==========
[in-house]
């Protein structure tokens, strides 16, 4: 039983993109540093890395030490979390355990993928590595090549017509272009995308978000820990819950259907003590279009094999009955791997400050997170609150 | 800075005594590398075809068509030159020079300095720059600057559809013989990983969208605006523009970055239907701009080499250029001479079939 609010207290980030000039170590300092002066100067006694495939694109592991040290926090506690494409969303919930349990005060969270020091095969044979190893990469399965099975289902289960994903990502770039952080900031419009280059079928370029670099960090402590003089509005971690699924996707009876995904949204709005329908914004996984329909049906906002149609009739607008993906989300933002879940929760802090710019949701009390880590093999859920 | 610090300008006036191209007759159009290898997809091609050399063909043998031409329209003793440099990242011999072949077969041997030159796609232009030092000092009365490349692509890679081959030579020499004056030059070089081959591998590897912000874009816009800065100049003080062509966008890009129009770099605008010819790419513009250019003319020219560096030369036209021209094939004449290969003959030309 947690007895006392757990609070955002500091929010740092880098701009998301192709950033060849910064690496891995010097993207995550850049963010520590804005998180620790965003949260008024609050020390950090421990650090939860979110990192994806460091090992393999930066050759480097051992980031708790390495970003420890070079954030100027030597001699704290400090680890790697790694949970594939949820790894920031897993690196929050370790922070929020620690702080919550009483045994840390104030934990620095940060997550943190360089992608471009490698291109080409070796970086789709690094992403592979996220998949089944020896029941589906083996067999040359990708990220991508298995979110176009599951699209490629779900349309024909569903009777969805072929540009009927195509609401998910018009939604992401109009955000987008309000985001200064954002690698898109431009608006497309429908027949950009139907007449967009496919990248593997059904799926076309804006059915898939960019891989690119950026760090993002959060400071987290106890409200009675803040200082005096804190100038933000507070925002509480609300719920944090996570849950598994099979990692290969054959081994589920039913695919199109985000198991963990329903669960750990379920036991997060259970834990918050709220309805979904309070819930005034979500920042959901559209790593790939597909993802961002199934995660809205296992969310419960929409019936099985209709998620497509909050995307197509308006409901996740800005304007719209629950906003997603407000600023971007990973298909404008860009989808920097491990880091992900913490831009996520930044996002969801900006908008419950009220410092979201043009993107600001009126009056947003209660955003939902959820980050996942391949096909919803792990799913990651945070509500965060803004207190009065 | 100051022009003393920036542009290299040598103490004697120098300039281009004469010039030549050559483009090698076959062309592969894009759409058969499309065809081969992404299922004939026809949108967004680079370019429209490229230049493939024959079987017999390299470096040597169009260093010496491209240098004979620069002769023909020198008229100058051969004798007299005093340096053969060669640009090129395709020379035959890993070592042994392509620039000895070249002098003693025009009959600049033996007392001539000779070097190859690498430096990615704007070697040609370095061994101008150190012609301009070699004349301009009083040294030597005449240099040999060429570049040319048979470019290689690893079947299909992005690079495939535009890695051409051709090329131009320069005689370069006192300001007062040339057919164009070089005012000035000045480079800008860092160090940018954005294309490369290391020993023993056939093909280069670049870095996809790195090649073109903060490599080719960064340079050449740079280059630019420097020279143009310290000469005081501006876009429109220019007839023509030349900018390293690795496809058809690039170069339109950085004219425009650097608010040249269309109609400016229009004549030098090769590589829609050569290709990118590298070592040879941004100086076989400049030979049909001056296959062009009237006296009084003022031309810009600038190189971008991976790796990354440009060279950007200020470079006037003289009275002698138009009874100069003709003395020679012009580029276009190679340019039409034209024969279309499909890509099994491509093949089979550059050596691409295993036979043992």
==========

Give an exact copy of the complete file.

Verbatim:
[in-house]
């Protein structure tokens, strides 16, 4: 039983993109540093890395030490979390355990993928590595090549017509272009995308978000820990819950259907003590279009094999009955791997400050997170609150 | 800075005594590398075809068509030159020079300095720059600057559809013989990983969208605006523009970055239907701009080499250029001479079939 609010207290980030000039170590300092002066100067006694495939694109592991040290926090506690494409969303919930349990005060969270020091095969044979190893990469399965099975289902289960994903990502770039952080900031419009280059079928370029670099960090402590003089509005971690699924996707009876995904949204709005329908914004996984329909049906906002149609009739607008993906989300933002879940929760802090710019949701009390880590093999859920 | 610090300008006036191209007759159009290898997809091609050399063909043998031409329209003793440099990242011999072949077969041997030159796609232009030092000092009365490349692509890679081959030579020499004056030059070089081959591998590897912000874009816009800065100049003080062509966008890009129009770099605008010819790419513009250019003319020219560096030369036209021209094939004449290969003959030309 947690007895006392757990609070955002500091929010740092880098701009998301192709950033060849910064690496891995010097993207995550850049963010520590804005998180620790965003949260008024609050020390950090421990650090939860979110990192994806460091090992393999930066050759480097051992980031708790390495970003420890070079954030100027030597001699704290400090680890790697790694949970594939949820790894920031897993690196929050370790922070929020620690702080919550009483045994840390104030934990620095940060997550943190360089992608471009490698291109080409070796970086789709690094992403592979996220998949089944020896029941589906083996067999040359990708990220991508298995979110176009599951699209490629779900349309024909569903009777969805072929540009009927195509609401998910018009939604992401109009955000987008309000985001200064954002690698898109431009608006497309429908027949950009139907007449967009496919990248593997059904799926076309804006059915898939960019891989690119950026760090993002959060400071987290106890409200009675803040200082005096804190100038933000507070925002509480609300719920944090996570849950598994099979990692290969054959081994589920039913695919199109985000198991963990329903669960750990379920036991997060259970834990918050709220309805979904309070819930005034979500920042959901559209790593790939597909993802961002199934995660809205296992969310419960929409019936099985209709998620497509909050995307197509308006409901996740800005304007719209629950906003997603407000600023971007990973298909404008860009989808920097491990880091992900913490831009996520930044996002969801900006908008419950009220410092979201043009993107600001009126009056947003209660955003939902959820980050996942391949096909919803792990799913990651945070509500965060803004207190009065 | 100051022009003393920036542009290299040598103490004697120098300039281009004469010039030549050559483009090698076959062309592969894009759409058969499309065809081969992404299922004939026809949108967004680079370019429209490229230049493939024959079987017999390299470096040597169009260093010496491209240098004979620069002769023909020198008229100058051969004798007299005093340096053969060669640009090129395709020379035959890993070592042994392509620039000895070249002098003693025009009959600049033996007392001539000779070097190859690498430096990615704007070697040609370095061994101008150190012609301009070699004349301009009083040294030597005449240099040999060429570049040319048979470019290689690893079947299909992005690079495939535009890695051409051709090329131009320069005689370069006192300001007062040339057919164009070089005012000035000045480079800008860092160090940018954005294309490369290391020993023993056939093909280069670049870095996809790195090649073109903060490599080719960064340079050449740079280059630019420097020279143009310290000469005081501006876009429109220019007839023509030349900018390293690795496809058809690039170069339109950085004219425009650097608010040249269309109609400016229009004549030098090769590589829609050569290709990118590298070592040879941004100086076989400049030979049909001056296959062009009237006296009084003022031309810009600038190189971008991976790796990354440009060279950007200020470079006037003289009275002698138009009874100069003709003395020679012009580029276009190679340019039409034209024969279309499909890509099994491509093949089979550059050596691409295993036979043992």